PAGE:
In 2010, I traveled to Washington, D.C. for the first time to protest the growing number of deportations and private prisons at the Southern (U.S.) border where many of my former coworkers and their families had been held. In 2011, I gained my citizenship and was proud to cast my first vote in the U.S. for President Obama.

Working in politics in New York, I realized that many elected officials were mostly worried about re-election and not the good of our communities. My work across party lines resulted in threats blacklisting, causing me to quickly realize that our systems were horribly broken. I began working on campaigns of elected officials that would bring the voice of the people to their respective positions, rather than those of special or personal interests. Being a delegate is important to me because it allows me to bring the voice of those who elected me to the party. I can be the change I want to see where we all have an equal voice in our democracy.

What excites you about the Biden/Harris nomination?

I am excited about the historic nature of the Harris nomination. Having a Black woman with immigrant parents is an enormous step toward representation in our democracy. I hope we can continue to build on this within our party and begin giving a voice to people of color, queer people and disabled people, who are screaming for system change on an institutional level.

What are the most important issues to you in this year’s election?

This year’s election is about getting Donald Trump out of office, but also building a platform that fixes the issues that got him elected in the first place. There is a deep issue with corruption and dirty money which has politicized our electoral system so much that we have a growing wealth gap between the rich and the working class. It is exacerbating the already horrible racial wealth gap. We have marijuana sales that are holding up state economies during COVID-19, but the plant is still illegal on the federal level. We have a foreign policy institution that dehumanizes people from other countries and encourages meddling in foreign elections, namely in South America.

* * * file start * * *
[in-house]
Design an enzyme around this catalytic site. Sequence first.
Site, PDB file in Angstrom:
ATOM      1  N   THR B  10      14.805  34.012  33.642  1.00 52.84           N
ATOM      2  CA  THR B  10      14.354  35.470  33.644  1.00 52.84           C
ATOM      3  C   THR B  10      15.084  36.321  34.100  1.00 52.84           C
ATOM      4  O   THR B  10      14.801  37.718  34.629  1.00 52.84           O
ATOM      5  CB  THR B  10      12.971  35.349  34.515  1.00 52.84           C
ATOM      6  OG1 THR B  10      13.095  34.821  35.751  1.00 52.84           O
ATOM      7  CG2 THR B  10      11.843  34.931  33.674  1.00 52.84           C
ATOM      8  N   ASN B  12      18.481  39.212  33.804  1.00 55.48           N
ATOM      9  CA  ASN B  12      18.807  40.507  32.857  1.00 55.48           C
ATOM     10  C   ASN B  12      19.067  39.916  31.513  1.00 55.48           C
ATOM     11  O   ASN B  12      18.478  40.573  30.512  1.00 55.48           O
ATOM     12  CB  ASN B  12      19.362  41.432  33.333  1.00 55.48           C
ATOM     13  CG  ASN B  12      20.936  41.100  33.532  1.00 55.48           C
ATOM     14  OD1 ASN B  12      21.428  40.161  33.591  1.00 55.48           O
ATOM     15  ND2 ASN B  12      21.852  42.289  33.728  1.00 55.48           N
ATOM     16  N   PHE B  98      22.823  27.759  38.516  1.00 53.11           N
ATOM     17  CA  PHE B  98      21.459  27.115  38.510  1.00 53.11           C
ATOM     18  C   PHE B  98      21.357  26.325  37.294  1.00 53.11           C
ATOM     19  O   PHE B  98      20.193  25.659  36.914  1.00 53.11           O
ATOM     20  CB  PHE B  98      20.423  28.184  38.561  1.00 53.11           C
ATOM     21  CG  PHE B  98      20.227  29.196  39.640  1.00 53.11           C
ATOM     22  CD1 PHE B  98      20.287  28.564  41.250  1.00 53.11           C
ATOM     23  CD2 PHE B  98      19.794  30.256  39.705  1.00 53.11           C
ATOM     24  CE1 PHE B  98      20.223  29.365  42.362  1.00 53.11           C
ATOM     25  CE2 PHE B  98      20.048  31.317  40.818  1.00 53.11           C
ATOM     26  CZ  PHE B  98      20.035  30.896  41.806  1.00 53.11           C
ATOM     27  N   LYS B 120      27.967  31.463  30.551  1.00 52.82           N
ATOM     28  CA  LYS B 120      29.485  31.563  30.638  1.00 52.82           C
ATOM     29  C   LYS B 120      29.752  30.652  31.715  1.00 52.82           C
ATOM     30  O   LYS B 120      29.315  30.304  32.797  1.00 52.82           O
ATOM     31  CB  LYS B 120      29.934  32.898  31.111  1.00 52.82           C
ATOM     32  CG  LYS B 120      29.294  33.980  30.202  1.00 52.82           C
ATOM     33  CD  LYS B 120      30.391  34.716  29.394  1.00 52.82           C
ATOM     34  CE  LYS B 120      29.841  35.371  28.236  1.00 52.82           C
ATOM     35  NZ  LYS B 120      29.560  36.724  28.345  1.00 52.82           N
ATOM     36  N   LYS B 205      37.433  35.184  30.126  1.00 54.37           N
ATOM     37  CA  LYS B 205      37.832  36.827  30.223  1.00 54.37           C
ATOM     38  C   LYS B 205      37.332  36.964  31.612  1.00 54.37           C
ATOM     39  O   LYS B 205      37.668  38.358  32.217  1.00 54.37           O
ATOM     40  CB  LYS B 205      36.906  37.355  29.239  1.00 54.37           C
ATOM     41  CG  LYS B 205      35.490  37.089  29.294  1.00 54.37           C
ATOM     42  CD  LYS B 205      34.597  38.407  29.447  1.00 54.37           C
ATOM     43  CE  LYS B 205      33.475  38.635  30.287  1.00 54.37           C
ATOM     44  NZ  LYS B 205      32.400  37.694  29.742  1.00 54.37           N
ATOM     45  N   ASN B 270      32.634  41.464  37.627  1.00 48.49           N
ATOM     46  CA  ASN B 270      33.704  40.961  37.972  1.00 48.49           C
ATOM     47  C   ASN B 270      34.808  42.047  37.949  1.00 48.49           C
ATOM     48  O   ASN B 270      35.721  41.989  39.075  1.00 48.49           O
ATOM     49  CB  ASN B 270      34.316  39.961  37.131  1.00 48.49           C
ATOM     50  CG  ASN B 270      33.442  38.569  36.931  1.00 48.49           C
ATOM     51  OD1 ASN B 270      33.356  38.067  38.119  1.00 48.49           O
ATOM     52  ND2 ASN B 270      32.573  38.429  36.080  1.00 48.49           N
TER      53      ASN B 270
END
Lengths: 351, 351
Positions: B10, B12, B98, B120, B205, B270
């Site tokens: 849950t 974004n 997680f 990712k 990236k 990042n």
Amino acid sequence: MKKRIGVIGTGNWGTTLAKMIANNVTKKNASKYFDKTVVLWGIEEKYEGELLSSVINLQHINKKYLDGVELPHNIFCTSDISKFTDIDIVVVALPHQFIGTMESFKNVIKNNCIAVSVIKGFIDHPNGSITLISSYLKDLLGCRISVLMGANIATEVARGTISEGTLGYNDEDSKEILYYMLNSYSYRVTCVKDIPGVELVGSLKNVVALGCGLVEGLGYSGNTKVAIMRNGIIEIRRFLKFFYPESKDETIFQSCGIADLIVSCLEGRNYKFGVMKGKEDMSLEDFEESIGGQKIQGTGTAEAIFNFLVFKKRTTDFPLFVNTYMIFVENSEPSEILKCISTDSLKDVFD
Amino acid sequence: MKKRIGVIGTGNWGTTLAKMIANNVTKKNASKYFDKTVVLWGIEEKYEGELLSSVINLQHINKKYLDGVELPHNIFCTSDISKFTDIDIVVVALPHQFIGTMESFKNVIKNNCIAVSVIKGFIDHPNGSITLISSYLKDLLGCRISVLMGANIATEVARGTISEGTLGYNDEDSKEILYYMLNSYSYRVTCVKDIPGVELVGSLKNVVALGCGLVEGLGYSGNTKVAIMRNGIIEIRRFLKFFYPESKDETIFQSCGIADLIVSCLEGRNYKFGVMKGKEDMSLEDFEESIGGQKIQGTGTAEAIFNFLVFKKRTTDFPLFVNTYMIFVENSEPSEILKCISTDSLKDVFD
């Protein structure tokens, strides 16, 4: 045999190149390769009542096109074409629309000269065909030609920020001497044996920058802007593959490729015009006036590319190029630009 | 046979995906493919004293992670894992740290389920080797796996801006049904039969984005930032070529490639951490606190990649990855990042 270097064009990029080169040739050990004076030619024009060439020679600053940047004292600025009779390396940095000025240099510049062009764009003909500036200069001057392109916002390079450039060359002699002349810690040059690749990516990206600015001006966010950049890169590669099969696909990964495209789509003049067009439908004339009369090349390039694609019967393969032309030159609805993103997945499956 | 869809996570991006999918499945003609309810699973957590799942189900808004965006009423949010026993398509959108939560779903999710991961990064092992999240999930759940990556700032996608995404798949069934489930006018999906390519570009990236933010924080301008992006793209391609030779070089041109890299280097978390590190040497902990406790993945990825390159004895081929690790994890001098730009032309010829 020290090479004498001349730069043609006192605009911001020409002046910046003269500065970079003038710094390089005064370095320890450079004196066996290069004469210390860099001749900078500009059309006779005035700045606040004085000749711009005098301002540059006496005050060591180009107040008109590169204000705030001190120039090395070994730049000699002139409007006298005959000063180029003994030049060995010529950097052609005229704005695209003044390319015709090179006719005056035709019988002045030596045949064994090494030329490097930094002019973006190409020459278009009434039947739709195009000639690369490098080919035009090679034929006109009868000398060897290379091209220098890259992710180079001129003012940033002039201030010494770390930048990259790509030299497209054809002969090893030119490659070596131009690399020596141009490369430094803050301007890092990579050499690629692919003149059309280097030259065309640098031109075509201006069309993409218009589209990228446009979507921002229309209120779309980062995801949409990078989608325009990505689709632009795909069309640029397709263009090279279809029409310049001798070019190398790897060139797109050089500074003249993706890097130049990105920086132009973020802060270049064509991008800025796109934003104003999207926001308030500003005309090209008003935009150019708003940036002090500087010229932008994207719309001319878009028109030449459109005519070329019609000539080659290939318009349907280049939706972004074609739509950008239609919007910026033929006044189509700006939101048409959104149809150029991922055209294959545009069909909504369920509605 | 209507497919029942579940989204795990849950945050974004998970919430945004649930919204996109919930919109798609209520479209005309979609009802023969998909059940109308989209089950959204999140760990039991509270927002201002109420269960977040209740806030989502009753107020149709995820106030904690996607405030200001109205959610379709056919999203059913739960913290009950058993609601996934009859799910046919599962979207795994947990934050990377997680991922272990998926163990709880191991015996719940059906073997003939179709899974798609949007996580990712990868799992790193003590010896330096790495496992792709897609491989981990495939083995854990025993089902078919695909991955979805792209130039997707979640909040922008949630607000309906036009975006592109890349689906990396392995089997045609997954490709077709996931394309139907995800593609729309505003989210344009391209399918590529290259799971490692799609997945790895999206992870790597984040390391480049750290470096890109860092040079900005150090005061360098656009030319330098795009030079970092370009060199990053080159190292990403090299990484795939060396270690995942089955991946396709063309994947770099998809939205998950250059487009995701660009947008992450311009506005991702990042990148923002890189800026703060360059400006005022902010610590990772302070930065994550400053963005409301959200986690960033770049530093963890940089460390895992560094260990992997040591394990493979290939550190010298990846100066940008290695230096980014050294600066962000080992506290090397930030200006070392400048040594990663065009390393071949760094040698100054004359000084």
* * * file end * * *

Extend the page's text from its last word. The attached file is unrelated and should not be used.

I think it is a disservice to blame all of this on one party. I hope to uplift voices for change within the Democratic Party and I joined 800 other fellow delegates in voting “no” on the platform. I still believe the Democratic Party is a better choice by far this election cycle, and I’m most excited for the Biden/Harris administration to fulfill their promise to fight for a minimum wage of $15/hour, to end our inhumane immigration practices at the Southern border, and to decriminalize marijuana as a path to immediate legalization.

Narissa Jimenez-Petchumrus (they/them)
4th Congressional District, Durham County

How did you get involved in politics and why is being a delegate important to you?

I have interned and volunteered with social and economic justice organizations since graduating from UCLA in 2014, but couldn’t envision myself becoming a community organizer at the time. The non-profit world isn’t exempt from the same maladies we are trying to cure in other areas like toxic masculinity, exploitation, etc. After the 2016 election, I felt compeled to work with other local activists in my homogenously White, relatively conservative, and affluent suburban community back home. I was sick of feeling like I had to flee to Los Angeles to be part of a queer community. My intersectional identity, my brownness, made me feel additionally isolated and vulnerable. I realized that we need to build community right in our backyard and was inspired by other activists in the country making a difference around a common vision and willpower to match.

What are the most important issues to you in this year’s election?

Everything is inextricably connected, making it difficult to answer. We don’t live in a single-issue world. I value a strong national response to the current COVID-19 pandemic. I value a Green and Red New Deal, and much more, to at least slow the cataclysmic effects of climate change. I value Medicare for All. I value foreign policy that doesn’t bow to the interests of the military industrial complex and doesn’t accelerate global tensions. I value total student debt forgiveness and universal housing. I value the abolition of ICE and DHS and defunding police departments nationwide while exploring as many alternatives to policing that are at our disposal. I value reparations. I value making oligarchs pay their share in taxes. I value protecting and celebrating the LGBTQ+ community, especially the trans community. I’m optimistic with Gen Z’ers and Millennials ascending into political involvement to push the envelope further for current and future party platforms.